In business, projects are characteristically unique operations which are conducted to meet particular goals. Examples of projects could be:
- The designing of software, the purpose of which is to enhance employee productivity,
- The construction of a building which will house community events, or
- The designing of a website to lower call volume to a business.
These are just a few examples and the list can go on for days. All of these categories of projects need a team of people who are responsible for various aspects of the delivery. For instance, you’ll probably see a designer, developer as well as copywriter working on website design projects. In many instances, a project manager is allocated to these projects in order to ensure that the team provides the project on time, under budget in addition to meeting its stated goals.
‘Project management’ is defined as the application of processes, methods, skills, knowledge as well as experience in order to achieve detailed project objectives according to the project acceptance criteria within the agreed parameters. Project management has final deliverables that are constrained to a finite timescale as well as budget.
A key factor which distinguishes project management from generic ‘management’ is that it has a final deliverable and a finite timespan, as opposed to management which is an continuing process. Owing to this a project professional needs a wide range of skills; often technical skills and definitely people management skills in addition to good business awareness.
What is a project manager?
Project managers perform the lead role in planning, executing, monitoring, controlling as well as closing projects. These people are accountable for the entire project scope, project team, resources, in addition to the success or failure of the project.
A project manager, with the assistance of their team has multiple responsibilities which encompass the five project stages of a project life cycle (initiating, planning, executing, monitoring as well as closing).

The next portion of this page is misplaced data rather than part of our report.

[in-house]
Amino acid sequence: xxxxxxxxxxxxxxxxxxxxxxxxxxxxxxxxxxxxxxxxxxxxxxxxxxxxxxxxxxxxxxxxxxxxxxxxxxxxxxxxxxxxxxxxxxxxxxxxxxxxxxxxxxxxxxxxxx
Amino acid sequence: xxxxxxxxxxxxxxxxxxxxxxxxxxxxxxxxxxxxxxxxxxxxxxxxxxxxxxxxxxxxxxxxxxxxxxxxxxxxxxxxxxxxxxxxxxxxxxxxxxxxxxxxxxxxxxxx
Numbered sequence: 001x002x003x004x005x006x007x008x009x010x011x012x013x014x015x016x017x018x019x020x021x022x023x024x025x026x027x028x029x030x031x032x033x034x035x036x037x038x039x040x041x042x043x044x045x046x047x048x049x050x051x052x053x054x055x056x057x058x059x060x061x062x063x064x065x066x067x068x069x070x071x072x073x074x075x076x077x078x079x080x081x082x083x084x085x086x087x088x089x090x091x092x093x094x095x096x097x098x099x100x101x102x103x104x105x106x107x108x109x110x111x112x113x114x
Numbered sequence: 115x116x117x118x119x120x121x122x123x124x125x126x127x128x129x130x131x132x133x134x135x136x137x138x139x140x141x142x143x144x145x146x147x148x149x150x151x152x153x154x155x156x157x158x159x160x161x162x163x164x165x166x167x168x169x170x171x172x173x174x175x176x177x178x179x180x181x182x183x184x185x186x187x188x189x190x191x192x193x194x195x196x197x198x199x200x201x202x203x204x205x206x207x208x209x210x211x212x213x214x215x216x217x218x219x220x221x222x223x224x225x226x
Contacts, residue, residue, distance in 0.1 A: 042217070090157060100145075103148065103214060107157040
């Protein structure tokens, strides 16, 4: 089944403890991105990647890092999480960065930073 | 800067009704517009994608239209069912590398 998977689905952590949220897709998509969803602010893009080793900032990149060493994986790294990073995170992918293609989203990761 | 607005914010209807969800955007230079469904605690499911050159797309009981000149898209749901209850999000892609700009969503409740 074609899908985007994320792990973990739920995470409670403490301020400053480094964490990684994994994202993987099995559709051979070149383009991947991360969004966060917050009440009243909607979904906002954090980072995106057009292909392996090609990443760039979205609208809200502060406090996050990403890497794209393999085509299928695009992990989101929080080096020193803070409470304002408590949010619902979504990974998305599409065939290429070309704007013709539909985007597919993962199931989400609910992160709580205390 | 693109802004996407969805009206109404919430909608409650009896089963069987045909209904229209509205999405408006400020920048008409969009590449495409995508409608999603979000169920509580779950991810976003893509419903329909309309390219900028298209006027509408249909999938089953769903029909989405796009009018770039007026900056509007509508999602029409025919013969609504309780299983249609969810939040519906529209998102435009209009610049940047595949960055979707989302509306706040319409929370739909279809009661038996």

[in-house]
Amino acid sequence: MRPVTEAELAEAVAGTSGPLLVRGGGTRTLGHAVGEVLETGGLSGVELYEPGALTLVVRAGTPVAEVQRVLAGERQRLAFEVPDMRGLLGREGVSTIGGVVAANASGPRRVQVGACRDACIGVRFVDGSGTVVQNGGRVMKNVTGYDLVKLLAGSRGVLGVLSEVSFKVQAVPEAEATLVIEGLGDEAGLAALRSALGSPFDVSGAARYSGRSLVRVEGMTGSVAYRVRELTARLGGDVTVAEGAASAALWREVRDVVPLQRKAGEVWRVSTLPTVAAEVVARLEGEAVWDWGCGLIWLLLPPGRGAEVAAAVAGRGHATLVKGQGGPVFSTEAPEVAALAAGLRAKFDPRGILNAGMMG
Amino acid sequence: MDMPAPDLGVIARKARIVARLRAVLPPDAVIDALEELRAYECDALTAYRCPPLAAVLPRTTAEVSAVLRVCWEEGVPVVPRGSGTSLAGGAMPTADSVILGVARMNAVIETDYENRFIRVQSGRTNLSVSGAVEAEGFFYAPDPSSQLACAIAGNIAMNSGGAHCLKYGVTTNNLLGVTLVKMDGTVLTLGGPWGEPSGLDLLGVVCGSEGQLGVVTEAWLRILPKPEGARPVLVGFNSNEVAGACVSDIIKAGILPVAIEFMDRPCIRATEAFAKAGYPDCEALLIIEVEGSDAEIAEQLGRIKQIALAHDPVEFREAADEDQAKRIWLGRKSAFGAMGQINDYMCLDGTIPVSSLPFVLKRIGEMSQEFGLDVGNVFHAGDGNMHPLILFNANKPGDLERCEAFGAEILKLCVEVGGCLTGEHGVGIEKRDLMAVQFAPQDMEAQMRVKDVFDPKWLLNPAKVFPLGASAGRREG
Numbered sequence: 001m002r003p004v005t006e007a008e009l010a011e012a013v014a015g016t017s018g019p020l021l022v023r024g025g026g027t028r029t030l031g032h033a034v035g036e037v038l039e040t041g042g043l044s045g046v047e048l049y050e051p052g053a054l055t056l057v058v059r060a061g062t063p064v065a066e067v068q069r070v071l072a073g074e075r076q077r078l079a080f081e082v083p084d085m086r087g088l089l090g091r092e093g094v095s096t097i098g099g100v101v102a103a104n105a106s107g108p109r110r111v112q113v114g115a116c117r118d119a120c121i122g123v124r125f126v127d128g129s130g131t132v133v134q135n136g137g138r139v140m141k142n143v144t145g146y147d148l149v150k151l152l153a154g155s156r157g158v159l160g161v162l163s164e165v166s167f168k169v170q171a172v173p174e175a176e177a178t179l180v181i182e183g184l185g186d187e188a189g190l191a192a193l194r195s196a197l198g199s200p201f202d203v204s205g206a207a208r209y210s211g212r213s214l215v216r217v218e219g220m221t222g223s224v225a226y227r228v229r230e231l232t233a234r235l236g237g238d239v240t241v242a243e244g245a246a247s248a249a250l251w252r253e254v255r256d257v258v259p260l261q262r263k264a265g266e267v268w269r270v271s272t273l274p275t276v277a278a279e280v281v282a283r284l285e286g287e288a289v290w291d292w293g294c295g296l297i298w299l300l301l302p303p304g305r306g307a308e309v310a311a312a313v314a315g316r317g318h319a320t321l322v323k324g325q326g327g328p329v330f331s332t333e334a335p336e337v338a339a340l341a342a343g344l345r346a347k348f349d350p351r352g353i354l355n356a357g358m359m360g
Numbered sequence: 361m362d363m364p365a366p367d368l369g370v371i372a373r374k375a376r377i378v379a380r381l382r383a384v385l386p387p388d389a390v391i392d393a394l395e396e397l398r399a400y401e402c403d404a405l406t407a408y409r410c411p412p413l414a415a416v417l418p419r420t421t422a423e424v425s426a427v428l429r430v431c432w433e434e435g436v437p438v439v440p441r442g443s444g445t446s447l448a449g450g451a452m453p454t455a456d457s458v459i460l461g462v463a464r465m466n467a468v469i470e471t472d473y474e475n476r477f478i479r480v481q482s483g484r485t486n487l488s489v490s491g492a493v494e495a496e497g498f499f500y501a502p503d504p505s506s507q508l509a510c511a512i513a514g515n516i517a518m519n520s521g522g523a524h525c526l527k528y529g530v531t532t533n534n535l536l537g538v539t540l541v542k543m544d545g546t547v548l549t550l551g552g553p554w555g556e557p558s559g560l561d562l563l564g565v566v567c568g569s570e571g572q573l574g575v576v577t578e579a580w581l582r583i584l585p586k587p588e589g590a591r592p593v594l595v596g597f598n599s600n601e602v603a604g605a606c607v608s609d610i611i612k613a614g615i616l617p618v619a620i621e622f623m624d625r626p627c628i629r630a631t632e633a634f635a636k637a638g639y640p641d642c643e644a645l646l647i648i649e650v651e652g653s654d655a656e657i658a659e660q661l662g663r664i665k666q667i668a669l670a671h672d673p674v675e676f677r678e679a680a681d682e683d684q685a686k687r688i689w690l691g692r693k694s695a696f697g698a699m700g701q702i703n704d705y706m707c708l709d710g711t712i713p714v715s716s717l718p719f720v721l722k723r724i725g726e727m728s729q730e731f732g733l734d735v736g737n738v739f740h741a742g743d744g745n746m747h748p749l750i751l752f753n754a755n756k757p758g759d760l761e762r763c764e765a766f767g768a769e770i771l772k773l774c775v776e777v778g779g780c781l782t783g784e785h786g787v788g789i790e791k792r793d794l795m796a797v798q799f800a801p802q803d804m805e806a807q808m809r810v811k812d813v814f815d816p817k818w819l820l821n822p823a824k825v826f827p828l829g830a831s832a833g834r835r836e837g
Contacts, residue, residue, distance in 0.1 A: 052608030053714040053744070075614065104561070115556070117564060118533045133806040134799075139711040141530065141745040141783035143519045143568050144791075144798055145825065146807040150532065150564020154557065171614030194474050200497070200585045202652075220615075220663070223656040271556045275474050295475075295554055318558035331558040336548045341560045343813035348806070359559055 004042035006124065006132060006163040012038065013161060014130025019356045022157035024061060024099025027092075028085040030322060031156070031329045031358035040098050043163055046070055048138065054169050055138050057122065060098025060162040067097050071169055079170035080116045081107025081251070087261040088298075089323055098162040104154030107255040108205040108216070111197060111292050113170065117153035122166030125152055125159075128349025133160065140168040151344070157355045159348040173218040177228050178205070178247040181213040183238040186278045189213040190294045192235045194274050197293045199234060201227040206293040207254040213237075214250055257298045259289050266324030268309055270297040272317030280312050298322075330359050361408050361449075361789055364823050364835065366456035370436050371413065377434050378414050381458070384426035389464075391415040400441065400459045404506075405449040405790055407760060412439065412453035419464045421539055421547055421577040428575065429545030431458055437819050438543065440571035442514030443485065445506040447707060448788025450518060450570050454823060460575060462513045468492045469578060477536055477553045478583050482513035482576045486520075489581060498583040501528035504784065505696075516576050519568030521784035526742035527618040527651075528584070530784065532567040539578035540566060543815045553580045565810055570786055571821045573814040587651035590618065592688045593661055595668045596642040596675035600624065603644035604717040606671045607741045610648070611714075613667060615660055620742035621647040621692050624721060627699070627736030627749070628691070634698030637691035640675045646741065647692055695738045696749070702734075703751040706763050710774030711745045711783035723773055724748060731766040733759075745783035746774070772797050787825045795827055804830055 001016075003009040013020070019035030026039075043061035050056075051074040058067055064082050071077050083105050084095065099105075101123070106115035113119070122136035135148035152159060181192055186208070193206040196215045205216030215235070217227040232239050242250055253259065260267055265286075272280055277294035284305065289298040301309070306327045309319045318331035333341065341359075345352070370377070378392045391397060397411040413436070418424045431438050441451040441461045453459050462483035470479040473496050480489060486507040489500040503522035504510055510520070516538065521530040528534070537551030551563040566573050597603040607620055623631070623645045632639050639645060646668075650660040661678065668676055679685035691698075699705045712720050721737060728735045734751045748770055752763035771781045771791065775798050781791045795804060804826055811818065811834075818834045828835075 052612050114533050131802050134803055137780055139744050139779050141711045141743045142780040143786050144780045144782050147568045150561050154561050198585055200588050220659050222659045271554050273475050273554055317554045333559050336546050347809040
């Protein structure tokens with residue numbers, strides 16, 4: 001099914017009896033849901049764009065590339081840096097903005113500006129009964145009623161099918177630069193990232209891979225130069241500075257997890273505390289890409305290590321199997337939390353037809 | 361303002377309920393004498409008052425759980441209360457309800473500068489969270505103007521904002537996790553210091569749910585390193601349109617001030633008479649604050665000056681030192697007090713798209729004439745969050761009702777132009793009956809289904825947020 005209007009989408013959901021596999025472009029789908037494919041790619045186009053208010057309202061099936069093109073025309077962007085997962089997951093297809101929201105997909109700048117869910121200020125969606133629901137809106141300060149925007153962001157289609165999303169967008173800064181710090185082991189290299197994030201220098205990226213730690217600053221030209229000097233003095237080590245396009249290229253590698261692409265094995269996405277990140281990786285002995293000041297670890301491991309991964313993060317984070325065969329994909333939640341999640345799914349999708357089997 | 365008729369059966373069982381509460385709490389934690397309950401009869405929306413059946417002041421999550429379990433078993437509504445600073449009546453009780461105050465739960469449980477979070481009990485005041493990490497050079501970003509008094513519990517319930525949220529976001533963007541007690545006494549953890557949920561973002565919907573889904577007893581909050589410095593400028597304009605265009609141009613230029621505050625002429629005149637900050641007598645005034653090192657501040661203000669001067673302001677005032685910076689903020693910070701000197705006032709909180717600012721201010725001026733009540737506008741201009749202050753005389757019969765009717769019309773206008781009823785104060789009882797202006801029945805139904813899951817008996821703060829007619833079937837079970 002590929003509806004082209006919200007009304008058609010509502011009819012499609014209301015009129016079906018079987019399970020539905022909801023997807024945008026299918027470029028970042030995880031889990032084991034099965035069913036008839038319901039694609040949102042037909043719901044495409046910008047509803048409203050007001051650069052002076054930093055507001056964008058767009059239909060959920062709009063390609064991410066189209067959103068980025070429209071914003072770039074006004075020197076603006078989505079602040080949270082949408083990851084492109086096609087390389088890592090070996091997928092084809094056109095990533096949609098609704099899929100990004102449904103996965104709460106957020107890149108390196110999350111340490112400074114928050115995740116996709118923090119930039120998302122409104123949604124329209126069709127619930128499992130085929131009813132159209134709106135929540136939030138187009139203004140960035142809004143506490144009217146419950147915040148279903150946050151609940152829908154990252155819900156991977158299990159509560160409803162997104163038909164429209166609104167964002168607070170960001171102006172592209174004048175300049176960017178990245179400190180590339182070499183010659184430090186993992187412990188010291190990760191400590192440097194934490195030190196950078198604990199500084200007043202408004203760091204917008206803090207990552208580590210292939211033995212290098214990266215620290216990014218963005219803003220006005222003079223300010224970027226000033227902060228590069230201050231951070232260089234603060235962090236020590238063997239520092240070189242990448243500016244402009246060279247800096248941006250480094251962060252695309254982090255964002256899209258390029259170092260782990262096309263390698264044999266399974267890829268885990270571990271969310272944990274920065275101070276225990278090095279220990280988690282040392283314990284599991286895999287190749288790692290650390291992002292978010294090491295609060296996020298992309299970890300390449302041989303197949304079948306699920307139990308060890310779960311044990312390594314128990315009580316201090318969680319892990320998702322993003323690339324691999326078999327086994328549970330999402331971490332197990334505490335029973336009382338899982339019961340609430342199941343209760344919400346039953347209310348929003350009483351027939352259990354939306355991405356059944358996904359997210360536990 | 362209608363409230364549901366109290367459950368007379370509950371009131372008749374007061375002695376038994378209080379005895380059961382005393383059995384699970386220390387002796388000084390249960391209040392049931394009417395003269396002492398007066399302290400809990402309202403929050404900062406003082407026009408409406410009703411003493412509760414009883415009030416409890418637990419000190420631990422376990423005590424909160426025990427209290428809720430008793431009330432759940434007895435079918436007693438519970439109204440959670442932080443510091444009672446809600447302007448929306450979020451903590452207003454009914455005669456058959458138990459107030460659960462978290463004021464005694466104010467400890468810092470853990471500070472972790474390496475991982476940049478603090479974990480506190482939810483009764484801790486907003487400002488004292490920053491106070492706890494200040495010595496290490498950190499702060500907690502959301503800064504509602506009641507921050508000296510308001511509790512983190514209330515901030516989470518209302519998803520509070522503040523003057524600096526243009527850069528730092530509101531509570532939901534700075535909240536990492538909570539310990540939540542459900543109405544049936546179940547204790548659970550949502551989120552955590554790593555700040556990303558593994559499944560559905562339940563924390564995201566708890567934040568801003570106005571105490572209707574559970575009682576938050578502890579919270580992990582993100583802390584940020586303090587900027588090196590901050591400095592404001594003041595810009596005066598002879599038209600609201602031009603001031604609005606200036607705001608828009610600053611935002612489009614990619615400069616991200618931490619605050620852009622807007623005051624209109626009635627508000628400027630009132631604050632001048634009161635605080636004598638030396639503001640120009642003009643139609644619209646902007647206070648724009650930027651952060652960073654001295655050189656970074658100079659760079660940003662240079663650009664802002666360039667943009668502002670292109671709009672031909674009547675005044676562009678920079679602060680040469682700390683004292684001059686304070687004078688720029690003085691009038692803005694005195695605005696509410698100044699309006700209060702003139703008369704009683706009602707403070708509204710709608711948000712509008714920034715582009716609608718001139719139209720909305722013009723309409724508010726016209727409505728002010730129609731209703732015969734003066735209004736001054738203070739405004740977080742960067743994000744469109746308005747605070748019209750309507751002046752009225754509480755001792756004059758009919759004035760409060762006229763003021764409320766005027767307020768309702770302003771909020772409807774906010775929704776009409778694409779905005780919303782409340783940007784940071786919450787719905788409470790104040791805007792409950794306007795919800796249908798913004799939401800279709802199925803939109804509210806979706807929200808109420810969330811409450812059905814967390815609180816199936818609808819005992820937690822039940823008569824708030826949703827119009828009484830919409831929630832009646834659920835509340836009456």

- Integration management: Creating a project charter
- Stakeholder management: Pinpointing stakeholders
- Integration management: Building a project management plan
- Scope management: Identifying and controlling scope, establishing a work breakdown structure (WBS) in addition to requirements gathering
- Time management: Planning, defining, as well as developing schedules, activities, estimating resources in addition to activity durations
- Costs management: Planning and estimating costs, and deciding on budgets
- Quality management: Planning as well as identifying quality requirements
- Human Resource Management: Planning in addition to identifying human resource requirements
- Communications management: Preparing communications
- Risk management: Planning for as well as identifying potential risks, performing qualitative and quantitative risk analysis in addition to planning risk-mitigation strategies
- Procurement management: Planning for as well as identifying required procurements
- Stakeholder management: Preparing for stakeholder expectations
- Integration management: Directing as well as managing all work for the project
- Quality management: Doing all facets of managing quality
- Human resource management: Selecting, developing in addition to managing the project team
- Communications management: Overseeing all aspects of communications
- Procurement management: Taking action on securing necessary procurements
- Stakeholder management: Controlling all stakeholder expectations
Monitoring and controlling
- Integration management: Monitoring in addition to controlling the project work as well as managing any required changes
- Scope management: Validating as well as controlling the scope of the project
- Time management: Managing the scope of the project
- Costs management: Regulating project costs
- Quality management: Maintaining the quality of deliverables
- Communications management: Controlling all team in addition to stakeholder communications
- Procurement management: Managing procurements
- Stakeholder management: Controlling stakeholder engagements
- Integration management: Closing all stages of the project
- Procurement management: Completing all project procurements
Project management may seem to be complicated however chances are that you’ve already been involved in a process such as this one. So the next time that you’re planning your friend’s birthday, know that you’re essentially working on a project and that you are your own project manager!